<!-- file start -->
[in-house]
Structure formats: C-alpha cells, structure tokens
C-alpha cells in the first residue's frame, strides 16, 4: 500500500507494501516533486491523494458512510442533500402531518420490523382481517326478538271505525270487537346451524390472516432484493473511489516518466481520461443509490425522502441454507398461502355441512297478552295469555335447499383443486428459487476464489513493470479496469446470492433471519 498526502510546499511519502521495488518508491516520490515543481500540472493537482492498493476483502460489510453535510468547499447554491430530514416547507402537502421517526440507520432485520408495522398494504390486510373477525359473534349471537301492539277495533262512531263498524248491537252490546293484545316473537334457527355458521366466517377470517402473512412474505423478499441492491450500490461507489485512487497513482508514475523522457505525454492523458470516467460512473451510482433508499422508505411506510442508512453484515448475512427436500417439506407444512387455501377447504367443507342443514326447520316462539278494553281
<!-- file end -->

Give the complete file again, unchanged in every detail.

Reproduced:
[in-house]
Structure formats: C-alpha cells, structure tokens
C-alpha cells in the first residue's frame, strides 16, 4: 500500500507494501516533486491523494458512510442533500402531518420490523382481517326478538271505525270487537346451524390472516432484493473511489516518466481520461443509490425522502441454507398461502355441512297478552295469555335447499383443486428459487476464489513493470479496469446470492433471519 498526502510546499511519502521495488518508491516520490515543481500540472493537482492498493476483502460489510453535510468547499447554491430530514416547507402537502421517526440507520432485520408495522398494504390486510373477525359473534349471537301492539277495533262512531263498524248491537252490546293484545316473537334457527355458521366466517377470517402473512412474505423478499441492491450500490461507489485512487497513482508514475523522457505525454492523458470516467460512473451510482433508499422508505411506510442508512453484515448475512427436500417439506407444512387455501377447504367443507342443514326447520316462539278494553281